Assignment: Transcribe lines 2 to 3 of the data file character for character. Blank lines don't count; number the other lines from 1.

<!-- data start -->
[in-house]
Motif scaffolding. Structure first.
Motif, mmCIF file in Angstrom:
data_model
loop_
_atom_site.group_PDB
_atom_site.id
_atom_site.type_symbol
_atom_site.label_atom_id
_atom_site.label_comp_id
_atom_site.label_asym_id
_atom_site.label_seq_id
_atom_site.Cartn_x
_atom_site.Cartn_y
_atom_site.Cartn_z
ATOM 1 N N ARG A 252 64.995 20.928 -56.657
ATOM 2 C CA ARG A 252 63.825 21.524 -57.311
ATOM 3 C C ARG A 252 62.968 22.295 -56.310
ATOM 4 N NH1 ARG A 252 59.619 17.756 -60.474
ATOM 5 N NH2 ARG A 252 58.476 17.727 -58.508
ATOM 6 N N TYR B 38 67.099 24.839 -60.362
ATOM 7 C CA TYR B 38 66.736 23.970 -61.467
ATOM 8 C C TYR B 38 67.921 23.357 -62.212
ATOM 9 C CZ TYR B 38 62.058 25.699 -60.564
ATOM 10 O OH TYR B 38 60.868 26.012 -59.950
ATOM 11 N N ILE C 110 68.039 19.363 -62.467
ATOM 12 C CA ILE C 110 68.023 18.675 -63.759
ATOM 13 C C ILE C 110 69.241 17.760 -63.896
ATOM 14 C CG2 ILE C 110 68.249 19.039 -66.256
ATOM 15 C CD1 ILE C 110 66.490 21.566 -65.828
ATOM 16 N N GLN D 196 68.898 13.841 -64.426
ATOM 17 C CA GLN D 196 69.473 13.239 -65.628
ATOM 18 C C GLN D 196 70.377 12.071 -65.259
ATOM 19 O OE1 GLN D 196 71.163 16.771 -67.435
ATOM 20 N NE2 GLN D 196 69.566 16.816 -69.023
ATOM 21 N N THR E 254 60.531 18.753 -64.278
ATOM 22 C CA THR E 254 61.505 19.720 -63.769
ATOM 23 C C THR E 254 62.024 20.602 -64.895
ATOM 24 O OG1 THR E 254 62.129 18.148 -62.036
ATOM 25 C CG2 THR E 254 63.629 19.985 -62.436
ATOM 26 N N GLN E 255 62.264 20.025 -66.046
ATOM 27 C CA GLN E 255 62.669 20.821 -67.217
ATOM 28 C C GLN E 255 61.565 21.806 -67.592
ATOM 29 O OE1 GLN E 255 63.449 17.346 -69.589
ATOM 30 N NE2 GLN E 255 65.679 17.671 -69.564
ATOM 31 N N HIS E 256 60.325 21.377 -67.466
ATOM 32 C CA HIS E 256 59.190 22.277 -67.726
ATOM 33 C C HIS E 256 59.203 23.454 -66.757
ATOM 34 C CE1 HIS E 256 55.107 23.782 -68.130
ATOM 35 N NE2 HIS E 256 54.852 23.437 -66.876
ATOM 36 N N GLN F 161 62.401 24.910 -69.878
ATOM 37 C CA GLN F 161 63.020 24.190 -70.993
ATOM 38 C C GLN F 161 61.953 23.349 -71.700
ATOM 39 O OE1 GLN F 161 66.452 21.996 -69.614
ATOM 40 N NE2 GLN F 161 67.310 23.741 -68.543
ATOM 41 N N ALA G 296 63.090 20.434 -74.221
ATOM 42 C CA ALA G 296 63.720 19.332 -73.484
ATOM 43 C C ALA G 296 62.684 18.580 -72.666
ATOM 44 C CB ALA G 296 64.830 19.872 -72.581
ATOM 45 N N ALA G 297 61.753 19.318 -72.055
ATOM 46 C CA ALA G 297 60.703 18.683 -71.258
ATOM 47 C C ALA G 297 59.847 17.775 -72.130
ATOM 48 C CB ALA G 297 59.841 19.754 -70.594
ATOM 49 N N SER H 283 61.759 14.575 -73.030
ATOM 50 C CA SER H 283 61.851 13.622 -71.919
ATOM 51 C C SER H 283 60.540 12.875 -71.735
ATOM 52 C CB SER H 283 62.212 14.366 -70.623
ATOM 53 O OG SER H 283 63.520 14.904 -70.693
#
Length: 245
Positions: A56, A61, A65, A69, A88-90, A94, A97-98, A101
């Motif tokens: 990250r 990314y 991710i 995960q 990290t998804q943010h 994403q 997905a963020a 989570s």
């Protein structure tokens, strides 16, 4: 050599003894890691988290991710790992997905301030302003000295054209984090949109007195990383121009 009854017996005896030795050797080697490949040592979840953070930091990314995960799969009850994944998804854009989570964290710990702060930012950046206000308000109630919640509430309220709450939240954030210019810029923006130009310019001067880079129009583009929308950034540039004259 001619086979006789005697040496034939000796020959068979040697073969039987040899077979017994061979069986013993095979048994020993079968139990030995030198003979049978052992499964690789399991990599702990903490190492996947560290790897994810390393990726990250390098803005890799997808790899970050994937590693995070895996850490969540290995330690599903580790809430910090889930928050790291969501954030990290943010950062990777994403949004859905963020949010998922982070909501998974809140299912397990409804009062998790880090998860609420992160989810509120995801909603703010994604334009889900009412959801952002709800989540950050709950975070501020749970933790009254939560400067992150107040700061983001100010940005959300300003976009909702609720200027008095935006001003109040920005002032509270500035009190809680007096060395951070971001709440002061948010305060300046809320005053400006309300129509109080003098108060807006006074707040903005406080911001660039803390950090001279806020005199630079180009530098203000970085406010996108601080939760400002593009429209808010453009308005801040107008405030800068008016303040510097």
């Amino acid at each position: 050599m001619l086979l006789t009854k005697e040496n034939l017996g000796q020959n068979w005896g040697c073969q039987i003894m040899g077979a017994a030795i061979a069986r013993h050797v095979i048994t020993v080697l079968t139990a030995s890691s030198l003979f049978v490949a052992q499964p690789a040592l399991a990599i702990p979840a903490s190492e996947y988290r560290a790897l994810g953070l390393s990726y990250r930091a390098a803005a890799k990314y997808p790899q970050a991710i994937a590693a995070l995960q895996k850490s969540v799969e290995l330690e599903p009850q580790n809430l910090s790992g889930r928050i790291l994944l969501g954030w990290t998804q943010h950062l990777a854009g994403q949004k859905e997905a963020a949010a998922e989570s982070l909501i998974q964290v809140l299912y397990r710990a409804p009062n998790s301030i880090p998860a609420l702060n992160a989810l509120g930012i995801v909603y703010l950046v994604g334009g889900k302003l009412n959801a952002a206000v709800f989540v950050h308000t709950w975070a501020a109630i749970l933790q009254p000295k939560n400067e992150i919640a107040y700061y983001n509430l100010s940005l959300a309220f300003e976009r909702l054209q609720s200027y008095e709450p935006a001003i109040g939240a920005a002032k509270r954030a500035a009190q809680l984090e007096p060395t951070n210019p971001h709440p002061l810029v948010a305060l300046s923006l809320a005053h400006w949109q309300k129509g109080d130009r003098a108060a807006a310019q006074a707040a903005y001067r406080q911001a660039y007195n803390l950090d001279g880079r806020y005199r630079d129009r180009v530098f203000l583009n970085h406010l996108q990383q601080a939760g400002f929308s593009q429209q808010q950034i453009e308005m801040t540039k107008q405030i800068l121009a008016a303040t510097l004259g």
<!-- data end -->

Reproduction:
Motif scaffolding. Structure first.
Motif, mmCIF file in Angstrom: